Thursday, June 28, 2007
Indonesia has shut down four airlines and grounded five others with the potential of similar licence revocations for failing to meet safety standards.
The largest company to lose its licence is Jatayu Gelang Sejahtera. The other companies are all small airlines operating only aircraft with a passenger capacity of fewer than thirty, and are Aviasi Upataraksa, Alfa Trans Dirgantara and Prodexim. The companies that were grounded pending either improvements or licence revokation are Germania Trisila Air, Atlas Delta Setia, Survey Udara Penas, Kura-kura Aviation and SMAC, all of which also operate only aircraft with under-30 passenger capacities. They have three months to improve, or their licences will be revoked.
Jatayu had already ceased operations in August, but had intended to restart with a 150-seat Boeing 737. The licence was revoked because the state requires at least two aircraft to be commercially operated and because of the fact that it “was lacking in pilots and human resources”. Also, the age of the jetliner meant that it would require a test called a ‘C-Check’ before it could begin commercial services, at a cost of $120,000.
The action comes as the result of a number of air crashes, namely the Adam Air Flight 574 disaster in which 102 people were killed, and the Adam Air Flight 172 accident, in which a plane snapped in half during a hard landing, but managed to hold together, thus preventing any serious injuries. As a result, all 54 of Indonesia’s airlines were given a safety rating, with a level-1 rating meaning no action was needed, a level-2 rating meaning the airline needed to make some improvements, and a level-3 rating requiring that the airline be shut down unless improvements were made within three months. Most airlines received a level-2 rating, while none received the top rating. Adam Air was among the airlines to receive the level-3 rating, but was upgraded to tier 2 at the same time as the groundings.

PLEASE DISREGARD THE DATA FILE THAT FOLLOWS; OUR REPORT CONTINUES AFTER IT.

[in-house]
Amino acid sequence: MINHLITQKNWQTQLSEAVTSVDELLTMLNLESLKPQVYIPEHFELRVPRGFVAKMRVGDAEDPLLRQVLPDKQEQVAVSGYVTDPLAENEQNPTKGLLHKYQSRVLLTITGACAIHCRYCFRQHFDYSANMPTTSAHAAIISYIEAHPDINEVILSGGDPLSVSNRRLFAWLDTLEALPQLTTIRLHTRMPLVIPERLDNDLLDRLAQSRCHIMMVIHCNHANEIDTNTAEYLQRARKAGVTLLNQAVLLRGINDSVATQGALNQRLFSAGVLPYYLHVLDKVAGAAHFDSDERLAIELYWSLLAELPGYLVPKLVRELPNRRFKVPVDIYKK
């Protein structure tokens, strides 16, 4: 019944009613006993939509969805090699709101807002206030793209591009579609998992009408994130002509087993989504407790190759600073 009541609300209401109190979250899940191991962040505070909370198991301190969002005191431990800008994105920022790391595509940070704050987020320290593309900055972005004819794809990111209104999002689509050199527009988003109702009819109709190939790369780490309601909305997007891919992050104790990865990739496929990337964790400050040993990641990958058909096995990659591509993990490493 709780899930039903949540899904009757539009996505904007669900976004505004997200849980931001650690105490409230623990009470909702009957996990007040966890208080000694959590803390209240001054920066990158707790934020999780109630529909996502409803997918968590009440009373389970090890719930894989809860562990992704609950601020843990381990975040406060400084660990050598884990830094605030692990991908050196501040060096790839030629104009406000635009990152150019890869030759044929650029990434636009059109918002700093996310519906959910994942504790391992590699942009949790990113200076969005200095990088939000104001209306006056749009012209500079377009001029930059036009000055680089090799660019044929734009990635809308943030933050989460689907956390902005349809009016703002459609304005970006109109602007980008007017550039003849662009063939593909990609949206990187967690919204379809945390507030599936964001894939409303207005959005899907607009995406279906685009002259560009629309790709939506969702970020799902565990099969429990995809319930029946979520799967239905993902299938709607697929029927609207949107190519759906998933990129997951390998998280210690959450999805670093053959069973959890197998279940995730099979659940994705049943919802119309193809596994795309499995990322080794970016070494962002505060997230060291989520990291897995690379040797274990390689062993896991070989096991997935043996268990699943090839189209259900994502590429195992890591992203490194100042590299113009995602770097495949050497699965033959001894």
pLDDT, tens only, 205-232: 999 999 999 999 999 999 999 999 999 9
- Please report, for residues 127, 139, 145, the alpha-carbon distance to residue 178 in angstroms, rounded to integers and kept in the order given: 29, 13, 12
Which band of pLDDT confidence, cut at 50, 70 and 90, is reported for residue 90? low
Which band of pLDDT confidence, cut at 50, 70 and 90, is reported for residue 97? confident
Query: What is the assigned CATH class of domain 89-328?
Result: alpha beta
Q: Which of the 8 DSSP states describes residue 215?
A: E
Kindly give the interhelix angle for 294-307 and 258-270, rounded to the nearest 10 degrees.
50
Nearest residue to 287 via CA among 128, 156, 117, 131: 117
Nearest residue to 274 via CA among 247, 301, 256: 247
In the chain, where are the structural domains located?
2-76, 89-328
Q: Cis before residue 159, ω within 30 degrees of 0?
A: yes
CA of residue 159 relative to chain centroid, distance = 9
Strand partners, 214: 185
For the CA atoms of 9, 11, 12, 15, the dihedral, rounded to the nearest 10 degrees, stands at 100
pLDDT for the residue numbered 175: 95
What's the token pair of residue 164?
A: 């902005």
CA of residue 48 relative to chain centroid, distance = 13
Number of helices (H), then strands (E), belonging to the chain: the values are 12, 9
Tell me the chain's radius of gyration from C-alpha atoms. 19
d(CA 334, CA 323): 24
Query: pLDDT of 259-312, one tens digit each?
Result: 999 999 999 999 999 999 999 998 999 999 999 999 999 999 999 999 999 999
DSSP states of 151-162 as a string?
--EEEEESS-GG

Meanwhile, state-owned Garuda Indonesia is now the only airline to have a type-1 rating, despite the fatal crash of Garuda Indonesia Flight 200 in March. According to the Indonesian Transport Ministry’s Director General for Aviation Budi Mulyawan Suyitno, Garuda now satisfied 84 percent of civil aviation standards.
The ratings have been based on such criteria as surveillance, ramp checks, personnel, department safety, number of accidents and number of serious incidents, according to the BBC. Meanwhile, Flight Global is reporting that, according to Directorate General of Air Communications (DGAC) director of air certification office, Yurlis Hasibuan “20 criteria including whether the airline has developed [better] safety and human resources” are checked.